The series premiered at 8:10pm on 13 June 1979 to some acclaim. Much praise came from Scottish TV critics over how the series refused to exaggerate its Scottish setting, which was then a regular problem with TV dramas shot in Edinburgh and Glasgow. Audiences were solid, if not sensational.
Trouble began with the broadcast of the series' fifth episode, "Powers of Darkness". Immediately after its transmission the BBC received a string of complaints, most notably from Mary Whitehouse - General Secretary of the National Viewers and Listener's Association. The NVLA was a lobby group of concerned television viewers, who pressured British television networks to maintain what they saw as socially reasonable standards of morals and public decency. Mary Whitehouse, who had made headlines in the mid-1970s for her crusade against violence in Doctor Who, was incensed with The Omega Factor. "I want to complain about The Omega Factor being shown in prime time," she would write, "It contained scenes of hypnosis, the supernatural, and a man apparently burning to death. It is one of the most disturbing things I have seen on television." Roderick Graham personally replied to Whitehouse, noting her objections but arguing that the episode was simply "good hocus pocus".
Two weeks later the NVLA's attacks on the series returned, this time over scenes where a possessed woman murdered her husband with a bread knife. This time there was a major problem: the BBC's own Guidance Notes on Violence, which dictated permissable levels of televised violence, specifically mentioned that television dramas were to avoid violent acts that would be easily copied - such as the possessed woman's use of a bread knife. Soon after The Omega Factor's first scene had concluded, Roderick Graham again wrote to the Whitehouse and the NVLA. In his letter he admitted that the BBC's own standards had been breached, and that "the point has been forcibly made to those who were responsible for the programme".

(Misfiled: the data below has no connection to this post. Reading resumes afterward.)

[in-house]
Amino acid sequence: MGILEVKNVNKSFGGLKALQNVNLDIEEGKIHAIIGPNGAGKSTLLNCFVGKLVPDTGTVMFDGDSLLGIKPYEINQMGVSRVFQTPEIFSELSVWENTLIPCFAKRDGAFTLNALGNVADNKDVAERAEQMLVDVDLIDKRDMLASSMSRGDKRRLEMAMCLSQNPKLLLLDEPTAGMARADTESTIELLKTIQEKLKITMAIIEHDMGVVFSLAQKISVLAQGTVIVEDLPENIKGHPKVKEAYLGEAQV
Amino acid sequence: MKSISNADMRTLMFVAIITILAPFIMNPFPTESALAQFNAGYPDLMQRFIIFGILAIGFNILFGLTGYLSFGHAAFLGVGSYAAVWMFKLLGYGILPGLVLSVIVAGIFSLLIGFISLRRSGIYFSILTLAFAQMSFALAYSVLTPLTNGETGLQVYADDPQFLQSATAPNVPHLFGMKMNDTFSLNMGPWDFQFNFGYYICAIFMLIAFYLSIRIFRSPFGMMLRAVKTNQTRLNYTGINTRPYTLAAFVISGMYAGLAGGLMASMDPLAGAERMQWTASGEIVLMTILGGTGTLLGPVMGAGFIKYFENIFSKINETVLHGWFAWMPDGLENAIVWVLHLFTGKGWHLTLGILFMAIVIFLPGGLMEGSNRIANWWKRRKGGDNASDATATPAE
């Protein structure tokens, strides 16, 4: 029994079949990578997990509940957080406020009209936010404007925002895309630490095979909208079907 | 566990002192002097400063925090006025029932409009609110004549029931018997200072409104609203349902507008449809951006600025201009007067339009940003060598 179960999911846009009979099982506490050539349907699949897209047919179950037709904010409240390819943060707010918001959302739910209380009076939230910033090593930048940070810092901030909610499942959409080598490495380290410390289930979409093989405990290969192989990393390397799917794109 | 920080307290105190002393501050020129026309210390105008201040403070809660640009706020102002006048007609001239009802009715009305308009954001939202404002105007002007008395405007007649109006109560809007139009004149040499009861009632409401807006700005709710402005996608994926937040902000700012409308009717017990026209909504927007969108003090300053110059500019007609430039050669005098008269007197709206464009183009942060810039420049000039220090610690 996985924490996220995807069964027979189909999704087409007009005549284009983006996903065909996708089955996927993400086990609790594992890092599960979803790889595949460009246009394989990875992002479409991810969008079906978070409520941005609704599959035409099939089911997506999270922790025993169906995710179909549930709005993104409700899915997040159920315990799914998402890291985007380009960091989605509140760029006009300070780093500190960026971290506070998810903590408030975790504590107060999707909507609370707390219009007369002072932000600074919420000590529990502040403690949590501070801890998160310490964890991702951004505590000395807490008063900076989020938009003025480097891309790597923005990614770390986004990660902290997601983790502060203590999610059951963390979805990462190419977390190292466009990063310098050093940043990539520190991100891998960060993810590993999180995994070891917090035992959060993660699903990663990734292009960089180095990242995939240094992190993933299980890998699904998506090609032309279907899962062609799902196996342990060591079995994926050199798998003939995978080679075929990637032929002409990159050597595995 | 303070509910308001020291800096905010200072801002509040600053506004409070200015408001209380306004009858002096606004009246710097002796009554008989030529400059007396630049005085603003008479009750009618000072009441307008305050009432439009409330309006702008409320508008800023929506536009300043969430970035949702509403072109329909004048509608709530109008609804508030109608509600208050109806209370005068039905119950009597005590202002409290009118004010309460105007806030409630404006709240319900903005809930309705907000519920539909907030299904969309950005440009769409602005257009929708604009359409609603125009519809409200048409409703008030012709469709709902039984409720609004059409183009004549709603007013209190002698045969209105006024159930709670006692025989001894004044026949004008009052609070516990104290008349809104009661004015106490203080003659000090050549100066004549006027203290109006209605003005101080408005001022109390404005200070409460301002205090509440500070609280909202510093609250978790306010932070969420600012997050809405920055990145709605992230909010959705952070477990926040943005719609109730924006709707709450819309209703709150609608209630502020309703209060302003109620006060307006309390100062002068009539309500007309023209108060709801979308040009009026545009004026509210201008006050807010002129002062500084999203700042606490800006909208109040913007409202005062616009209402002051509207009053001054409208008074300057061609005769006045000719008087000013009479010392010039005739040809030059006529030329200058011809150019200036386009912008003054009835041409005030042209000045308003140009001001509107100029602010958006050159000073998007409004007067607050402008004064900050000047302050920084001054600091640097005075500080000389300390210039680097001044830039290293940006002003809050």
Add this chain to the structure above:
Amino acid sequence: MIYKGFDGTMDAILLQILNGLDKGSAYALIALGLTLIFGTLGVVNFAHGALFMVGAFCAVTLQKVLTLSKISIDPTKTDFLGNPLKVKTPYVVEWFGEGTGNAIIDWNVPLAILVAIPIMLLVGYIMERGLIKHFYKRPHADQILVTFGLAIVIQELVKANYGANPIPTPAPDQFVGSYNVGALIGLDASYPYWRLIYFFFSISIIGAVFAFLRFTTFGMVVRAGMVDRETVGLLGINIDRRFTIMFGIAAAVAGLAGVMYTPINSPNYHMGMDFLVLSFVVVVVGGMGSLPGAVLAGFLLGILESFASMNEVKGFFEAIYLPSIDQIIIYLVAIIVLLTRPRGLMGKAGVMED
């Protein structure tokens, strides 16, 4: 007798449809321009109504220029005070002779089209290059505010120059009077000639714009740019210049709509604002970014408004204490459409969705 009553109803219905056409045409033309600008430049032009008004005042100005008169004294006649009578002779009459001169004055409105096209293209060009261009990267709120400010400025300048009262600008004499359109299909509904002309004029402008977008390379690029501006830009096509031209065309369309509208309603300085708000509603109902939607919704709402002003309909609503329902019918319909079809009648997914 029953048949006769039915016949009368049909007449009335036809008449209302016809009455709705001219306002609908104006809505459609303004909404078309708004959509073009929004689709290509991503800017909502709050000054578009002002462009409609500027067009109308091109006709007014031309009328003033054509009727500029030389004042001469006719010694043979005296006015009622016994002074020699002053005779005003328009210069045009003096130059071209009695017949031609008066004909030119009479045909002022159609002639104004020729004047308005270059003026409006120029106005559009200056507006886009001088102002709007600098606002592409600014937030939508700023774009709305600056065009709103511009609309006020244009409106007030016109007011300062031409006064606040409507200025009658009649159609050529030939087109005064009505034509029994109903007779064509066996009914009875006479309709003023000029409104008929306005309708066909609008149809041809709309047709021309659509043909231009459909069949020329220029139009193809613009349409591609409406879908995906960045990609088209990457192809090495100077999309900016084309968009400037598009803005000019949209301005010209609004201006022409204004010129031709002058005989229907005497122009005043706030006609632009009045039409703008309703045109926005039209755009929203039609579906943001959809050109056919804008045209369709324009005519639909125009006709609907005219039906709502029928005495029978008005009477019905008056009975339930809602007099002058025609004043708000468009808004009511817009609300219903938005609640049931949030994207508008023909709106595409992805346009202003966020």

With less than outstanding ratings, and accusations of excessive violence hanging over its head, The Omega Factor had no chance for a second season - despite the open-ended conclusion of the final episode. Never repeated and never released on home video, the series remained locked in obscurity until it was finally released onto DVD in 2006. Gallacio returned to London, where he was offered a choice of producing either Doctor Who or a character drama titled MacKenzie. Gallacio chose the latter, with the reins of Doctor Who passing to what would become the original series' final producer, John Nathan Turner.
Watching The Omega Factor today, it is sometimes difficult to determine what the fuss was all about. Viewed in its historical context, it is stunning - inventive and dramatic, it's quite simply one of the finest supernatural thrillers ever made for television. Granted it has an unusually slow pace, which I find tends to make modern viewers a little impatient with it, but the ideas are strong and the performances by Hazeldine and Jameson are top-notch. Ultimately the series is a little like watching The X Files, only 20 years too early and made by the BBC. If you get the chance, and you're a fan of BBC science fiction, absolutely track it down. It's one of my all-time favourites.